3) People become quite unwilling to develop new technologies or walk the extra mile to deal with criminals, if they feel it will eventually be used against them as a liability shotgun. They may decide a particular technology may be relatively ineffective or has too many false positives, and once they invent it, they will never be able to stop using it. It is easier then to not punish themselves be inventing it and doing the absolute minimum to meet compliance. Governments only have the tech sector to invent solutions so they will be stuck.

Optional filters may be okay in the general sense.
 

TheChiro

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Dear Government,

Don't tread on me. Stay the **** out of my business.

Thanks,

Freedom lovers



On a more serious note, it doesn't matter what the laws are going to be, it's only going to hurt the law abiding citizens. How are they going to track down deep/dark web site owners? That's where the real bad **** happens. So...if I were any of you in the EU, I'd tell them all to **** right off and leave you alone.

Like...fake news for instance. What happens when at first it is considered fake news by the government policy enforcers, then years later it is found out to be correct? Russia collusion anyone? Obama illegally spying on Trump anyone? Ukraine quid pro quo anyone? (etc etc etc) Any site that called the so called "democrat evidence" a bunch of bull**** were considered fake news, censored by the likes of reddit, google, youtube, twitter, and facebook. But now...LOLOLOL! So what happens in this instance? Web owner gets fined for, lets say $10,000. 3 years later, web owner was correct, then has to wait for government to reimburse? Good luck. On top of that...if you owed the govt money, they would tack on a nice prorated interest rate. You? The little peon in the country? HA! Or what if they went further and they took position of your website because of a situation like the above? They let it rot for 3 years, then you have to fight them to get the site back, probably another 10 years, now you are SOL big time.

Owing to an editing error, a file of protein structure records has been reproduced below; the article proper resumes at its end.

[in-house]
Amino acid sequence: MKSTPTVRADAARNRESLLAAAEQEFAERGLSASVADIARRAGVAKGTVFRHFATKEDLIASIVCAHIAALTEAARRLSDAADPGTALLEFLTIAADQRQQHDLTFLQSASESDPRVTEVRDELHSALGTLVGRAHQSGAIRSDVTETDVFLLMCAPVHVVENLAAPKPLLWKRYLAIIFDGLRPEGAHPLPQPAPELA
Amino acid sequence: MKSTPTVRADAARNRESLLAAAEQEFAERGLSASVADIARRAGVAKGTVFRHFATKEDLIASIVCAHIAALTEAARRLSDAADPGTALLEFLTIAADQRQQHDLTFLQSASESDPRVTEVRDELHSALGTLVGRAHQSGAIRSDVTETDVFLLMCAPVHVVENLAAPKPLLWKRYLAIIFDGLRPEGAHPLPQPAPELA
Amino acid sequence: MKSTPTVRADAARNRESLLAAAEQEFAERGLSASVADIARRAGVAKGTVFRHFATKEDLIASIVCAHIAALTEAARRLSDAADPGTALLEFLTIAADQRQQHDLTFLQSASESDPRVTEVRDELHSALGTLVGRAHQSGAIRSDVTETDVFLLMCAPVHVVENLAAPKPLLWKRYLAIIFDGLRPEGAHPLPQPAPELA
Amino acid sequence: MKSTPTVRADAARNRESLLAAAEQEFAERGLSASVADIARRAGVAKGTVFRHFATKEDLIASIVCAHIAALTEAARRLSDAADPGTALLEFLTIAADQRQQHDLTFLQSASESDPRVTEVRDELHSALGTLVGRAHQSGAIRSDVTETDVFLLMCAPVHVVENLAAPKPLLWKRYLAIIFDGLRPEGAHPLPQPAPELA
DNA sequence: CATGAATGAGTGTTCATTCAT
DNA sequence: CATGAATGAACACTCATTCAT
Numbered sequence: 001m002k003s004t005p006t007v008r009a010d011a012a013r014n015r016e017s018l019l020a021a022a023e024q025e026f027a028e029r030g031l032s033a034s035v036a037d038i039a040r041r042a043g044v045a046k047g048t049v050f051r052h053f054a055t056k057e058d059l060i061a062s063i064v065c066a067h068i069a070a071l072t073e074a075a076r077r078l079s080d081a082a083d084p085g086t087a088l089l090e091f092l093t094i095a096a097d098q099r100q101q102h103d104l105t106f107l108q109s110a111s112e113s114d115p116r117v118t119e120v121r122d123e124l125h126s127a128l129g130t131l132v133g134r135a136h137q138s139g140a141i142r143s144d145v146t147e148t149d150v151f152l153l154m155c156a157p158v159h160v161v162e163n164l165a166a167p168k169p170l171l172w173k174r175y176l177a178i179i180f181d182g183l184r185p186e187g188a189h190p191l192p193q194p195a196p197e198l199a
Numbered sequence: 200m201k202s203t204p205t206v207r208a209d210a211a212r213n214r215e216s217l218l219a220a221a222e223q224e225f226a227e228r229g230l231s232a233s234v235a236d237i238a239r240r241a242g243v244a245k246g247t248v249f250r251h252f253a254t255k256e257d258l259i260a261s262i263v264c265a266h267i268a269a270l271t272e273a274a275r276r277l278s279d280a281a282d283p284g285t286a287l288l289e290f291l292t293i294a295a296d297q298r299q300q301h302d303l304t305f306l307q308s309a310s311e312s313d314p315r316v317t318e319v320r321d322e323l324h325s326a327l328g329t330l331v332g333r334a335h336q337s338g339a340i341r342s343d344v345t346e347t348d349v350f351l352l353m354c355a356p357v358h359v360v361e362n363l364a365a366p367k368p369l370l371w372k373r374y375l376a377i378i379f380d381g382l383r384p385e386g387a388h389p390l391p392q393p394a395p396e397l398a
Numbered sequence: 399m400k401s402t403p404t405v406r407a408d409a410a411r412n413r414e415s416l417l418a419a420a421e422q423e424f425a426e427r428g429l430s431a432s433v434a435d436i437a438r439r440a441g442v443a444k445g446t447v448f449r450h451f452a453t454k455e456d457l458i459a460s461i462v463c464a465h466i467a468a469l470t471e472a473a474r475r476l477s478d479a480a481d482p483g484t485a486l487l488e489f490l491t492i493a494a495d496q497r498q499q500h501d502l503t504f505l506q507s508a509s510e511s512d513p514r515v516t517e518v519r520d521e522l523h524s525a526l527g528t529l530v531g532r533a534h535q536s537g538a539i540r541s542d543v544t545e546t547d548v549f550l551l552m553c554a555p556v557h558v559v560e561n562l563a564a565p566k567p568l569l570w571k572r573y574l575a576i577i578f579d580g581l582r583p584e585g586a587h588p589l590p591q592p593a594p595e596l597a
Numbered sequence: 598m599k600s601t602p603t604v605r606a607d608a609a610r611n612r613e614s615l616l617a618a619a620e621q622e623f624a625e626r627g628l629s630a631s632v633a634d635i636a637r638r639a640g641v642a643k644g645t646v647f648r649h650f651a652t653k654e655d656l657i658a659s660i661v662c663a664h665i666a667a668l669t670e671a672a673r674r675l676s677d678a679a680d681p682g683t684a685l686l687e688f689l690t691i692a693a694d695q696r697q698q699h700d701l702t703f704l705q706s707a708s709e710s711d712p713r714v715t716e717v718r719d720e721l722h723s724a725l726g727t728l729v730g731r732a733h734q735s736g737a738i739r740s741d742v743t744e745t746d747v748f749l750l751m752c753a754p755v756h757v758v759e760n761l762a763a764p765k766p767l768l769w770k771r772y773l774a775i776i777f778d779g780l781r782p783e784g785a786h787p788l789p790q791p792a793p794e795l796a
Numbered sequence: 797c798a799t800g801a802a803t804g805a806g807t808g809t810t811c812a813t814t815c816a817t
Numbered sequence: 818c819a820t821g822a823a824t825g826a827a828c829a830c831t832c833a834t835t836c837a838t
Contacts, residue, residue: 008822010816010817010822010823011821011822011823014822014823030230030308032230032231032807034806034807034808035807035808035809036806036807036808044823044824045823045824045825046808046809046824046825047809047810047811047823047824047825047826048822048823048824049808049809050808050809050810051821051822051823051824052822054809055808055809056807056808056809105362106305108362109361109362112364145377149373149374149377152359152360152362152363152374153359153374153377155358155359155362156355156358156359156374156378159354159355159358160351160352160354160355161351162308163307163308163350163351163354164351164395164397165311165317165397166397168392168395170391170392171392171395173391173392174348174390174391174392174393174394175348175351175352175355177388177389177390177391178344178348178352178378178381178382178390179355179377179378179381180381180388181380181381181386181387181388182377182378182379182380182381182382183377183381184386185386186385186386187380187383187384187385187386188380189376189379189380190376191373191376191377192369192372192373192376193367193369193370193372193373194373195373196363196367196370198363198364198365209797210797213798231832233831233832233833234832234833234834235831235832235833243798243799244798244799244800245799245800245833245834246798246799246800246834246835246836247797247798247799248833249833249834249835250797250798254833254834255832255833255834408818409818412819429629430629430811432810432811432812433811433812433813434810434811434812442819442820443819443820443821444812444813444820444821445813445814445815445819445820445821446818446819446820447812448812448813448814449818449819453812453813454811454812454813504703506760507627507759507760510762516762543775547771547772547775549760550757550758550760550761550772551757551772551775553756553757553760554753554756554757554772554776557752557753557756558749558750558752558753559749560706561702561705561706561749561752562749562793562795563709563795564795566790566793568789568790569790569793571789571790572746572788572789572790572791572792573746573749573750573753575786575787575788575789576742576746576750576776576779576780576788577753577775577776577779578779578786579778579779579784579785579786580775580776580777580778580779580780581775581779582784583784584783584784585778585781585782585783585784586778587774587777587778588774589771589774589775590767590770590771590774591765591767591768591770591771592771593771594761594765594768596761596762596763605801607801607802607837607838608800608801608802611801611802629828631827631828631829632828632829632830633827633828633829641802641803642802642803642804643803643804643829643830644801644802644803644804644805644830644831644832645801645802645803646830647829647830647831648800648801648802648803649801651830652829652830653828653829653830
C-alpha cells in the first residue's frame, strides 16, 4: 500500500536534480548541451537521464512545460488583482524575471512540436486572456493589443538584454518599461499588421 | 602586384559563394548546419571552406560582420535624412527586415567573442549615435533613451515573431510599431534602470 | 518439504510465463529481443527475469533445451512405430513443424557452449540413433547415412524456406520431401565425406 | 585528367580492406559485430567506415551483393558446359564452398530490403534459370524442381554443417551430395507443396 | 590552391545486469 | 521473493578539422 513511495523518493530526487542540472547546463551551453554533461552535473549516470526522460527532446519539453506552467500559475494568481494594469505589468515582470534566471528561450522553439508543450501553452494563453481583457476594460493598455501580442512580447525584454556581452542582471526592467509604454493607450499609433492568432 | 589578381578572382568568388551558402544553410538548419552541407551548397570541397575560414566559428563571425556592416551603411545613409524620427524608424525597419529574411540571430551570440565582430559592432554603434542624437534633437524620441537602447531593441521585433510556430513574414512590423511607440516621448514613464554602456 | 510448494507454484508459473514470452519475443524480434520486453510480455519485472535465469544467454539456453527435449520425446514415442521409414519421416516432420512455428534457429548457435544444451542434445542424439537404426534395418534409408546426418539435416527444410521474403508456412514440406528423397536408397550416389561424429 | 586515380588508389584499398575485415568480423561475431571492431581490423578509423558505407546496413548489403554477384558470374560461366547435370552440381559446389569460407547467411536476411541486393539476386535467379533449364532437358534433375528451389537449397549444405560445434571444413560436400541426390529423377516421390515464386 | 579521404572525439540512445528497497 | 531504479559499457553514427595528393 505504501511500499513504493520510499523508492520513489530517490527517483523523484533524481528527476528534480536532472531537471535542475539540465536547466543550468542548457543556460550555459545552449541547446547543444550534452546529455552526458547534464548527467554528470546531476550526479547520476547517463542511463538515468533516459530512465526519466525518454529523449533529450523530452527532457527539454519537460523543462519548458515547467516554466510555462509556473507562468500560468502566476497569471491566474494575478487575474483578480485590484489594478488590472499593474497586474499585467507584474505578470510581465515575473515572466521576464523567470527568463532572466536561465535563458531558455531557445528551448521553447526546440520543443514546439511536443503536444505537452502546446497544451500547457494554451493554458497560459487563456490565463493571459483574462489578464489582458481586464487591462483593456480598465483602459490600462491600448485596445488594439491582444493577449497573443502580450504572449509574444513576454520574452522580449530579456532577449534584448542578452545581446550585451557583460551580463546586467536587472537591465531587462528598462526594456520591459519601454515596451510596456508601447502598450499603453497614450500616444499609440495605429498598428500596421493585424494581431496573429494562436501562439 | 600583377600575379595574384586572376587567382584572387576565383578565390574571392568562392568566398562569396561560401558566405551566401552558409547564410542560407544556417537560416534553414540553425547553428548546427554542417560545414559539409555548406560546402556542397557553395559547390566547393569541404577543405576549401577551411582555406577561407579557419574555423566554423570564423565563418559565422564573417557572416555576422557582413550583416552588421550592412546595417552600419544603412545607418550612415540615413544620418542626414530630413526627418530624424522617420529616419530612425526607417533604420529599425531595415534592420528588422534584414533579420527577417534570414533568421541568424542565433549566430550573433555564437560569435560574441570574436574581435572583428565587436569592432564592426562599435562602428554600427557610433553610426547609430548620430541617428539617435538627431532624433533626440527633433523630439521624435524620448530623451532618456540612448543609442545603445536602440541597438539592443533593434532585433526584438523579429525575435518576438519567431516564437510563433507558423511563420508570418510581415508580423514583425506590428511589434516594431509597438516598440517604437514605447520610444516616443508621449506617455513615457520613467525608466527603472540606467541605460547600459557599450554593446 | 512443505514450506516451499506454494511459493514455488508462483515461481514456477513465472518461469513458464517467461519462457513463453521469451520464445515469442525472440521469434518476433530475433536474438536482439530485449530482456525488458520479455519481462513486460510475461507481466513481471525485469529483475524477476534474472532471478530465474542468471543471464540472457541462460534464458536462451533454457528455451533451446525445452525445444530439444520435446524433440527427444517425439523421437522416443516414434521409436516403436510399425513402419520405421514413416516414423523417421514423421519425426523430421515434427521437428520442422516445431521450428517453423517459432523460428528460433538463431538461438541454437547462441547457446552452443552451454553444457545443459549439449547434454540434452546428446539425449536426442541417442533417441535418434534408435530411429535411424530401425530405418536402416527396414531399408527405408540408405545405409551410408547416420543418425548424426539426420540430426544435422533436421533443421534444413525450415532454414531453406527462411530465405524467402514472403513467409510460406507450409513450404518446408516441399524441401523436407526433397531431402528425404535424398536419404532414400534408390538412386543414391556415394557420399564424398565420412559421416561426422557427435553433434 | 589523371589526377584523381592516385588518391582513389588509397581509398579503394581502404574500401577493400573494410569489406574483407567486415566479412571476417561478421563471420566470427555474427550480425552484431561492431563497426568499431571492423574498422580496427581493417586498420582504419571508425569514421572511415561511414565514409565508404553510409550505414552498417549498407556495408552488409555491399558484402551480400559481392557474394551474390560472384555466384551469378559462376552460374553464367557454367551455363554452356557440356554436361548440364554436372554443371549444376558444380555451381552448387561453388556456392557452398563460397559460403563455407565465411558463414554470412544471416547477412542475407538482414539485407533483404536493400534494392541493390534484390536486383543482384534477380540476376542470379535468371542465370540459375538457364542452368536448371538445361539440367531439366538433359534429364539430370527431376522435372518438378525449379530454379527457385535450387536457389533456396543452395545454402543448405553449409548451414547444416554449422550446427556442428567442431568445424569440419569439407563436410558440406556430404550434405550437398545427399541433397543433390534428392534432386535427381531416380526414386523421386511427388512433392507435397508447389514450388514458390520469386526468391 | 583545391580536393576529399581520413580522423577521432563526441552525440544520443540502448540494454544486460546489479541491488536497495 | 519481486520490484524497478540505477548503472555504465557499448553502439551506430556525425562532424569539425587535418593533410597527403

Yeah, I should have just kept it as "**** right off". /rant
 

zappaDPJ

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So...if I were any of you in the EU, I'd tell them all to **** right off and leave you alone.
Which is exactly what we did in the UK although we are still thrashing out the finer points of the divorce.